Not too long ago, when a multifamily housing owner in Oregon wanted to test their building for radon levels, they were hard pressed to find easy-to-follow and affordable information on how to do it. It’s not required for private property owners, and most of the existing materials on the subject are overly technical and costly. The U.S. Department of Housing and Urban Development (HUD), for example, sells a guide called Protocol for Conducting Measurements of Radon and Radon Decay Products in Multifamily Buildings for $50.
But now, Oregon Health Authority (OHA) offers multifamily building owners across the state a free, comprehensive and straight-forward manual, Radon Testing for Multifamily Buildings.
Radon is a potentially dangerous radioactive gas that originates from the earth, all over the world. Colorless, odorless and invisible, radon is the second leading cause of lung cancer behind smoking and the leading cause of lung cancer among non-smokers. The U.S. Environmental Protection Agency (EPA) estimates radon is responsible for more than 20,000 lung cancer deaths per year in the United States.
January is National Radon Action Month, as winter is the best time to test homes and buildings for radon. Windows and doors are usually closed tight, and HVAC systems can create interior pressure differences that cause more radon to be sucked up from the earth through a home’s foundation.
Having a guide for multifamily building owners and managers is important because radon levels can vary widely from building to building, as many parts of Oregon remain at risk of high radon. For example, one multifamily apartment building can have low or no elevated radon levels, while the building next door can have dangerously high levels. And radon levels are typically higher in basements and lower units of a multifamily building.
But there hasn’t been a comprehensive guide to help property owners across Oregon accurately test their multifamily buildings… until now.
It all started in Portland.
OHA’s new Radon Testing for Multifamily Buildings manual was directly inspired by a public housing rehabilitation project conducted by a Portland public housing authority known as Home Forward.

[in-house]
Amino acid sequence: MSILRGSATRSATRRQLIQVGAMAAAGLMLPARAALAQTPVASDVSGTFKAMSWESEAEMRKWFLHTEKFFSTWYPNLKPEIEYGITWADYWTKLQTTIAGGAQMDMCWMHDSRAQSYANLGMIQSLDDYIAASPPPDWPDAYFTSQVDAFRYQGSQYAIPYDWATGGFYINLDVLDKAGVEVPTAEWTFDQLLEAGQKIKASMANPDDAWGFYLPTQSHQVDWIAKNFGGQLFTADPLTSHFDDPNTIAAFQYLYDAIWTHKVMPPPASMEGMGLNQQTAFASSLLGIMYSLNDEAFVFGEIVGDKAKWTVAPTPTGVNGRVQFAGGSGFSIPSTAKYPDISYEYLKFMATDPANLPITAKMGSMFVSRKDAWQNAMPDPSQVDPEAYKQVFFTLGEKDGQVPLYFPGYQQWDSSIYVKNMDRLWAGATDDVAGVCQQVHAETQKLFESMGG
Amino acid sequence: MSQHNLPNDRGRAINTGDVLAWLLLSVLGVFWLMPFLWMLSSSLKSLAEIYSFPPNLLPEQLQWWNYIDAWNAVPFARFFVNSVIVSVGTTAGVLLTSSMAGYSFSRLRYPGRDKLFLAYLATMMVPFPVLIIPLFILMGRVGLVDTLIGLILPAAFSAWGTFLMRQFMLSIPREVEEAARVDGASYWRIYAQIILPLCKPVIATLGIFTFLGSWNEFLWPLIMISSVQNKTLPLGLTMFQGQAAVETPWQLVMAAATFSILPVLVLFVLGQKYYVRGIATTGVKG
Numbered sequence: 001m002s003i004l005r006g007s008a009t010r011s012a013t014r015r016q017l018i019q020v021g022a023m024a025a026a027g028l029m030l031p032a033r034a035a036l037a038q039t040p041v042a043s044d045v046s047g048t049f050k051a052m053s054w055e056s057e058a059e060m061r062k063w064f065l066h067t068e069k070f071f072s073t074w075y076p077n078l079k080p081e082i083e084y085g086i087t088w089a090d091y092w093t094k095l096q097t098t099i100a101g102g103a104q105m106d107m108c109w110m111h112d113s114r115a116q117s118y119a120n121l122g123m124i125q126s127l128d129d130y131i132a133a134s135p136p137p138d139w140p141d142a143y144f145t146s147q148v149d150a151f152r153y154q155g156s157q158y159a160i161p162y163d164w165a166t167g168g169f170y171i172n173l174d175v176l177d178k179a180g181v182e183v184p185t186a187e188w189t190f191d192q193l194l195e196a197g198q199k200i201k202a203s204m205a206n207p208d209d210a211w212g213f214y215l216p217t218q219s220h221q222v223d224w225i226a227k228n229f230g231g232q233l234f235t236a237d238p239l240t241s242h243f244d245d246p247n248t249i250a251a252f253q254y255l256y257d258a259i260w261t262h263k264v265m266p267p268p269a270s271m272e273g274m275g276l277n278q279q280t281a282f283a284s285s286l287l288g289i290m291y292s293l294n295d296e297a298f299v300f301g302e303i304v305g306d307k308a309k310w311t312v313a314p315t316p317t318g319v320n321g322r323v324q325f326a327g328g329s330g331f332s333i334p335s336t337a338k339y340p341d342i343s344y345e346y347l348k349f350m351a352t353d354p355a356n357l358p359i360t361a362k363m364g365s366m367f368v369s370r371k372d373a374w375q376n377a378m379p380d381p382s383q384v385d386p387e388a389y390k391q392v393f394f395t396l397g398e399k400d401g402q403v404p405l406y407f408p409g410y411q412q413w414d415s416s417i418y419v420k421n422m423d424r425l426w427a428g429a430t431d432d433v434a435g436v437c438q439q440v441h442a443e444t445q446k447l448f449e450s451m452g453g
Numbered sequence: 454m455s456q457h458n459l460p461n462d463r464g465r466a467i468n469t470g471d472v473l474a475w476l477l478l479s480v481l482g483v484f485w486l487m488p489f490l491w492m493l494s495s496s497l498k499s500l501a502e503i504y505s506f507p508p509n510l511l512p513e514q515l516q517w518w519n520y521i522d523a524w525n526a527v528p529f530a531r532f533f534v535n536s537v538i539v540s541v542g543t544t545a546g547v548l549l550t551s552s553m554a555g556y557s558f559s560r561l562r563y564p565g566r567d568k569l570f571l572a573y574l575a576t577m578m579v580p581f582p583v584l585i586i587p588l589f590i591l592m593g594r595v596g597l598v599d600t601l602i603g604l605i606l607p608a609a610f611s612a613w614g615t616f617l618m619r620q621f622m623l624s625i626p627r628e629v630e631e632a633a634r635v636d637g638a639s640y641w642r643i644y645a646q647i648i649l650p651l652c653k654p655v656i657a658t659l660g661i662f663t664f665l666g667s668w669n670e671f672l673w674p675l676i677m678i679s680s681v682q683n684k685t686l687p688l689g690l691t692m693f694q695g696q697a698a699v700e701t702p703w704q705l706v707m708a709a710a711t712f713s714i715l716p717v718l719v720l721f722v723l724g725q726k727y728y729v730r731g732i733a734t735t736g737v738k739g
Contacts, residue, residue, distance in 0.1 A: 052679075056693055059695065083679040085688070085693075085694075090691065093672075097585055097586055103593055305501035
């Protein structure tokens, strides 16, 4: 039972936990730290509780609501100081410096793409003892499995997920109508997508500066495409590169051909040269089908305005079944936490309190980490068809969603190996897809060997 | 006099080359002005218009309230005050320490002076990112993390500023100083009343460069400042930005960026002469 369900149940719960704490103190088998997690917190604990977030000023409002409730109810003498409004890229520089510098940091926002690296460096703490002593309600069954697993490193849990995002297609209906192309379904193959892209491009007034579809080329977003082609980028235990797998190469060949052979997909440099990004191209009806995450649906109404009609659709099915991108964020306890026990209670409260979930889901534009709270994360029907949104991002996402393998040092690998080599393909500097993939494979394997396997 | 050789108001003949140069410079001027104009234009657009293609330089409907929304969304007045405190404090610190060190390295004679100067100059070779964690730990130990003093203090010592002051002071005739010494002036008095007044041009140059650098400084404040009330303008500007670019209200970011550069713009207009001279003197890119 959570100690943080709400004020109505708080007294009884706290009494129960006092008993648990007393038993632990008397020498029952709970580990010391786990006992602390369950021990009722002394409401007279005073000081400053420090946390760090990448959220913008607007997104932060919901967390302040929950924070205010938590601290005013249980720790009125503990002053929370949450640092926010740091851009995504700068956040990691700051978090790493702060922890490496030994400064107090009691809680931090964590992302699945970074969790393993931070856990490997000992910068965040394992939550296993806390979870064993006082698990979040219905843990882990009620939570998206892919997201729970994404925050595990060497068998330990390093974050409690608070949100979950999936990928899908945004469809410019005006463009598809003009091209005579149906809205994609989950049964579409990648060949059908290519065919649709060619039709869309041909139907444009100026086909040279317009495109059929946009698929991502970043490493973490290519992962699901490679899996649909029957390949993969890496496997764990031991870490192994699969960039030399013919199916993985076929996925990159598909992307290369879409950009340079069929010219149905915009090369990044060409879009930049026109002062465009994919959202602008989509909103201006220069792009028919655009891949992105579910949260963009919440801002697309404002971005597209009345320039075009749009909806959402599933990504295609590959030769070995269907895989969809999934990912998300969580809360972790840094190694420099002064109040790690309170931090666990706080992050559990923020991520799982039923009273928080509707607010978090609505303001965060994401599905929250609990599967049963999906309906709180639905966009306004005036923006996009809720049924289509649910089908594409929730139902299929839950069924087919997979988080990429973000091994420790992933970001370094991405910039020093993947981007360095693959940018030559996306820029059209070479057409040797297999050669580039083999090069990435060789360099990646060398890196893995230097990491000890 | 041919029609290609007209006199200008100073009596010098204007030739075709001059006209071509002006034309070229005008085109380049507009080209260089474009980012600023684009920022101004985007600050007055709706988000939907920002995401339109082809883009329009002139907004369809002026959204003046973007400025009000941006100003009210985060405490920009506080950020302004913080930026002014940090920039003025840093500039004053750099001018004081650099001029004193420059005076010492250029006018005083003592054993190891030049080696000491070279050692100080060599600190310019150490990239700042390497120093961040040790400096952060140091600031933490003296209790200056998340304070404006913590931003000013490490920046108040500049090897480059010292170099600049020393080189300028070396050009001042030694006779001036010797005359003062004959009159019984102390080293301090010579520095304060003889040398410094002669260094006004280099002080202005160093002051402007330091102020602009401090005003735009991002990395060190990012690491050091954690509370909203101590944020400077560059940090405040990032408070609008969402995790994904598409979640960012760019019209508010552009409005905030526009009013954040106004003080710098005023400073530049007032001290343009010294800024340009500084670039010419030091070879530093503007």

In 2017, Home Forward began testing its public housing buildings for radon to prepare for major renovations. The agency discovered some buildings had elevated levels of radon, but guidance on what to do about it was limited. And although HUD had issued broad recommendations for radon testing in 2013, there was no specific requirement to test public housing properties.
So, Home Forward took a proactive approach, creating a policy to test, mitigate where necessary and re-test all the properties it owns – more than 100 buildings. Testing is the only way of knowing if a property or a unit has high levels of radon.
“We don’t know where we’re going to find it until we test, so we are in the process of testing all our properties,” said Carolina Gomez, Home Forward’s director of Integrated Facilities Services and Safety who helped draft the policy, as well as the resulting guide—Home Forward Radon Procedures Manual.
The guide lays out detailed procedures for initial testing, mitigation, post-mitigation testing and ongoing testing, as well as requirements for notifying residents about testing and mitigation. It also includes procedures for procurement of radon contracting services, ensuring safety and maintenance.
Home Forward is now on track to complete testing and abatement at all its properties – home to some 14,000 households – by the end of 2023.
OHA took notice of Home Forward’s success and wanted to create something similar for multifamily building owners across the state.